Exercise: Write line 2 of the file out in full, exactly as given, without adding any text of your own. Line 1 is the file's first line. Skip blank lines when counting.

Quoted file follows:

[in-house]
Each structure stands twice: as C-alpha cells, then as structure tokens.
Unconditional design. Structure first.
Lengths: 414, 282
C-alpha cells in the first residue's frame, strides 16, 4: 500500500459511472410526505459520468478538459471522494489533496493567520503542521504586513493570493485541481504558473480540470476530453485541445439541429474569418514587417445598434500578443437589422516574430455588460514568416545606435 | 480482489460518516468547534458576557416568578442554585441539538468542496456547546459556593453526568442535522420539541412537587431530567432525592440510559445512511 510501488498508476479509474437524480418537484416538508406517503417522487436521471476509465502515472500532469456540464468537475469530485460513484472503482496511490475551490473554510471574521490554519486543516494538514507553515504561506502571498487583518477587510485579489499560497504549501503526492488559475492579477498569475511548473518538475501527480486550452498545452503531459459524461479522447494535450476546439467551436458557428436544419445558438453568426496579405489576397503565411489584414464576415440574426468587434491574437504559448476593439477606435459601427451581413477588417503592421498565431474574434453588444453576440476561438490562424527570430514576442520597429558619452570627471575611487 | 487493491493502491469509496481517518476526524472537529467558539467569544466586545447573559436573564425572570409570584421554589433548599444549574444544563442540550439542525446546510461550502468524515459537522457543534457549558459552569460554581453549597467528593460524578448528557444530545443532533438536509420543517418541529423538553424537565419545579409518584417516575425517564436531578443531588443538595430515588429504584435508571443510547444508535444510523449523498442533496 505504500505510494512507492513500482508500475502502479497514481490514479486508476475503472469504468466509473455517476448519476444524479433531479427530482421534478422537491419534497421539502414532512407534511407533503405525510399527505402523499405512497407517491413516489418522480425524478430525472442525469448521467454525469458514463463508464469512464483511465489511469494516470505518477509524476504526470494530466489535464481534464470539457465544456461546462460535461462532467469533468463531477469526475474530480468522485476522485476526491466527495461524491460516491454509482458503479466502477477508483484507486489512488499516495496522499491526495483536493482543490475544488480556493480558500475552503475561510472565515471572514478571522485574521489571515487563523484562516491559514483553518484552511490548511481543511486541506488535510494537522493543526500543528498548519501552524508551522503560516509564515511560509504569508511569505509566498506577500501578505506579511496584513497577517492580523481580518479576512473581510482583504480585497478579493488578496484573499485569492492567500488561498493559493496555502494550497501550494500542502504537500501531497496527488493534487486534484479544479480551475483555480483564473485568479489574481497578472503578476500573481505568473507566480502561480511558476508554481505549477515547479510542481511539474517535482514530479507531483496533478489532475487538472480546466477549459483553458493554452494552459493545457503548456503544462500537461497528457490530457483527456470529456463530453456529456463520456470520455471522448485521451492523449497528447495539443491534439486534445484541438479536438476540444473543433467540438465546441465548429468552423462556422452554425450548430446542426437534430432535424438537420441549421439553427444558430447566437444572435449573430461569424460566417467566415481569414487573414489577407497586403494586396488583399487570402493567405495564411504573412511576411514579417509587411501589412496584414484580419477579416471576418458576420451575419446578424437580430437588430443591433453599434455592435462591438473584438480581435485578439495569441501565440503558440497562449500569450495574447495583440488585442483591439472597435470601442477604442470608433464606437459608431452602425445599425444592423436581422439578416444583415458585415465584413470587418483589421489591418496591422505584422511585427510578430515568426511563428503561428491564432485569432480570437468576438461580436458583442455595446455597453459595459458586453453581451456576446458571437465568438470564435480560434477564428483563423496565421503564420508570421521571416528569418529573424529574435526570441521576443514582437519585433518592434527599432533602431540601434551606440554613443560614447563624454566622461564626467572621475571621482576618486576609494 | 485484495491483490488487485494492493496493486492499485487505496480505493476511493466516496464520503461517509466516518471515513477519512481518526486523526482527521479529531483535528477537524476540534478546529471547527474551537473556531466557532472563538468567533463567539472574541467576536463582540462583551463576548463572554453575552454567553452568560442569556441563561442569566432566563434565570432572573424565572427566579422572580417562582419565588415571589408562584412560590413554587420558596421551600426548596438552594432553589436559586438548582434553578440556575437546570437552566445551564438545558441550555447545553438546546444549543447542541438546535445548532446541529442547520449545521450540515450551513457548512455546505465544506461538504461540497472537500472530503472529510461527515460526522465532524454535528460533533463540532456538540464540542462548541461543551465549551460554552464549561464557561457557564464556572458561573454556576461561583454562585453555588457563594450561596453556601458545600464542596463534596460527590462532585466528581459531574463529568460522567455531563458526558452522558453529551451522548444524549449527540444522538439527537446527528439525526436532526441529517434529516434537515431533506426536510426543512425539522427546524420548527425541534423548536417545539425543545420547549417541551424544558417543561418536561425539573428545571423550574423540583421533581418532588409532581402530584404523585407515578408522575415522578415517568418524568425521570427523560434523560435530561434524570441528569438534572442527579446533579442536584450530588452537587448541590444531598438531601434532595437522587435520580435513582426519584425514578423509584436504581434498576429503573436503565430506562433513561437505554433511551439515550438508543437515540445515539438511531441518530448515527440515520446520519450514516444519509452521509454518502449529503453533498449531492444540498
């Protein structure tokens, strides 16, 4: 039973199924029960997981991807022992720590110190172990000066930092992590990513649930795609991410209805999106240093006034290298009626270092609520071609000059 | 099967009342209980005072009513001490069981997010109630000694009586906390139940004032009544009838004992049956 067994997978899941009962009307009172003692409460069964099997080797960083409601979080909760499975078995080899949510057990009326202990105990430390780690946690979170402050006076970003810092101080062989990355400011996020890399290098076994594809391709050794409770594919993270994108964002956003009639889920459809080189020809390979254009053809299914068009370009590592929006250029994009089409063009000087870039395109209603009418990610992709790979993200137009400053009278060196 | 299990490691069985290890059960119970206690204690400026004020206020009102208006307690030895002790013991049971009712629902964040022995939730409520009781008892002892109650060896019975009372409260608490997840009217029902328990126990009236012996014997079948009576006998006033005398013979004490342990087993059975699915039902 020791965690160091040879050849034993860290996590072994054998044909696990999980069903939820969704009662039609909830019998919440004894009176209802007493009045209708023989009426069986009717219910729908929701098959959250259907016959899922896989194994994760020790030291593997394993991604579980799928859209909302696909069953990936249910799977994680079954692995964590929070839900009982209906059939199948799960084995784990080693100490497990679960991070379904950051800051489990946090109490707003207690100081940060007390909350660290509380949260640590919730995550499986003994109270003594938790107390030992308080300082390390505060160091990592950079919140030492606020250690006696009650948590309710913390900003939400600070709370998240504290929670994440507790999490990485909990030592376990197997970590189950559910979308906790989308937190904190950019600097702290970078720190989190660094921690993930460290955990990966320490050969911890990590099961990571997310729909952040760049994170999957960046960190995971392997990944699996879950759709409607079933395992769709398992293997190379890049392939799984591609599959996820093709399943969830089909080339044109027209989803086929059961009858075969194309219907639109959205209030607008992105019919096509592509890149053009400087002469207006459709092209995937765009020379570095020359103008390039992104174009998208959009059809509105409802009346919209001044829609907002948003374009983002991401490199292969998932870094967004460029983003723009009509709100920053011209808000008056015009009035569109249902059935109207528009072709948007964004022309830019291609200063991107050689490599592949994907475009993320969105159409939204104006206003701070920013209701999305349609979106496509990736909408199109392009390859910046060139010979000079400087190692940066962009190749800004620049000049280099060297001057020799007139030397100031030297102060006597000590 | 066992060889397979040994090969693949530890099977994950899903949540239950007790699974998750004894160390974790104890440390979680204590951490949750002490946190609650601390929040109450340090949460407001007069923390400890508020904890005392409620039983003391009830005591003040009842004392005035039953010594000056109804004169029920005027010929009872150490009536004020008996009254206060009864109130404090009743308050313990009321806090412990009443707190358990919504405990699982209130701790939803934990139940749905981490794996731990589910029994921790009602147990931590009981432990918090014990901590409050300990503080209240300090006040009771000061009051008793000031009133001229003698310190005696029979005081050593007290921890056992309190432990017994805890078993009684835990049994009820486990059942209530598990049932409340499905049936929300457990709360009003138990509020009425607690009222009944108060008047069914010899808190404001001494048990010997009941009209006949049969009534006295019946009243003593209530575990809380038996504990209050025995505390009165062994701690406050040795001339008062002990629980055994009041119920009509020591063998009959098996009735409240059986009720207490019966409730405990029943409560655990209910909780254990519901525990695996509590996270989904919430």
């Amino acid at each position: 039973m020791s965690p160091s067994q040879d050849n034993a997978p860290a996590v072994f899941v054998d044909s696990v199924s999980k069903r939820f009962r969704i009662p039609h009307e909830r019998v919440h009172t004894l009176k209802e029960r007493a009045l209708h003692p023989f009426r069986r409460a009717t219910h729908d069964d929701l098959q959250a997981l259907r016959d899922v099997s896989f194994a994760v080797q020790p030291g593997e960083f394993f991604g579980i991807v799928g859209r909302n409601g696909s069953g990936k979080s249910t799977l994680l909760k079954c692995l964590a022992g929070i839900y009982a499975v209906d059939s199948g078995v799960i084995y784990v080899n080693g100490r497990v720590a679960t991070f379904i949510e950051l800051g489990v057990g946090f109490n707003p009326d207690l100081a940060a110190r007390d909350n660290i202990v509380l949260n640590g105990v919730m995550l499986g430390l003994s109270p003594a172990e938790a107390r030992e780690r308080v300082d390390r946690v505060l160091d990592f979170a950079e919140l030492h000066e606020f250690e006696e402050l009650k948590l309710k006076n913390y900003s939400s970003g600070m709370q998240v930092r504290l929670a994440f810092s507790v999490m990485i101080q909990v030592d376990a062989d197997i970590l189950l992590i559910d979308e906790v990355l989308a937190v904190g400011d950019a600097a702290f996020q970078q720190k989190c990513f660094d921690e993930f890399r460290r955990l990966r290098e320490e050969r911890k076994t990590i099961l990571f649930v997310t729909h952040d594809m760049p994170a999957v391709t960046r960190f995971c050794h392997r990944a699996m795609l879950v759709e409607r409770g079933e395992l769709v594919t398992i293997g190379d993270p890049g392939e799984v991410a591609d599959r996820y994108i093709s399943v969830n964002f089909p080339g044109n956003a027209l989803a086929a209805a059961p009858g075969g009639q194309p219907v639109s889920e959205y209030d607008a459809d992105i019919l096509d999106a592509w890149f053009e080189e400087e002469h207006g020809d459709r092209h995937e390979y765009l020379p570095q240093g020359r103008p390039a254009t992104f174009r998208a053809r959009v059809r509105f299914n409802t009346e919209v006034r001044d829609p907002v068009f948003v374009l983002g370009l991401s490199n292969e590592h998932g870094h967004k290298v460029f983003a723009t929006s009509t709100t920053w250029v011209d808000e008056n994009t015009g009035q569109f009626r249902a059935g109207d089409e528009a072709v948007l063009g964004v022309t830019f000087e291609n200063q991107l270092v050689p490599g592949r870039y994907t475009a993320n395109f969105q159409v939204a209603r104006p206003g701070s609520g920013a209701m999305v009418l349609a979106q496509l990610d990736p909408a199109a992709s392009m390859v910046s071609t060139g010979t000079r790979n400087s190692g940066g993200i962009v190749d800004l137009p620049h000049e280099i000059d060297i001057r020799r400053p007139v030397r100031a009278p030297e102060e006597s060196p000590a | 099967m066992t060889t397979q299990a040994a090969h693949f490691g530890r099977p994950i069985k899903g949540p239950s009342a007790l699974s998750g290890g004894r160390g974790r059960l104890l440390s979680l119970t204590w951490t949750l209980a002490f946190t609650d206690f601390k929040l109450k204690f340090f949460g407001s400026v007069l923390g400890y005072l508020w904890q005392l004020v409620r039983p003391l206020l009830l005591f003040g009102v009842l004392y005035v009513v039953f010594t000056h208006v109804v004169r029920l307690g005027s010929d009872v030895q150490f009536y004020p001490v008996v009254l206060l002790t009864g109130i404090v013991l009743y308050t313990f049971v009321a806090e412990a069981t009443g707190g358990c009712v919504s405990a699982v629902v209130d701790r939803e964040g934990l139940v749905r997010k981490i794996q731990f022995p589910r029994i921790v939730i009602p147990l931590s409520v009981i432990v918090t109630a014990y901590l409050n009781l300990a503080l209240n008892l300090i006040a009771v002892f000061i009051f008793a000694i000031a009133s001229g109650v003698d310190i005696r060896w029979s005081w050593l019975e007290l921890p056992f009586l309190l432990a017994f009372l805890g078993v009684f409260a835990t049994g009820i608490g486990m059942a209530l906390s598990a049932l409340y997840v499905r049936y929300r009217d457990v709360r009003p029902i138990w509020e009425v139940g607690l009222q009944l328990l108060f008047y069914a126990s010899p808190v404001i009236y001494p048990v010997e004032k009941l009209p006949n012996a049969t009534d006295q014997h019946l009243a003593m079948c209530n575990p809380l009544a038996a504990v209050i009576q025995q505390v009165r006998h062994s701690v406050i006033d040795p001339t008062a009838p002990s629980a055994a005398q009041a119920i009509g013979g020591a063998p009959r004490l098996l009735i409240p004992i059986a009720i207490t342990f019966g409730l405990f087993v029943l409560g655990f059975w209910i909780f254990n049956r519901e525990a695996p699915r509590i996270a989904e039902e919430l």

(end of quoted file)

Each structure stands twice: as C-alpha cells, then as structure tokens.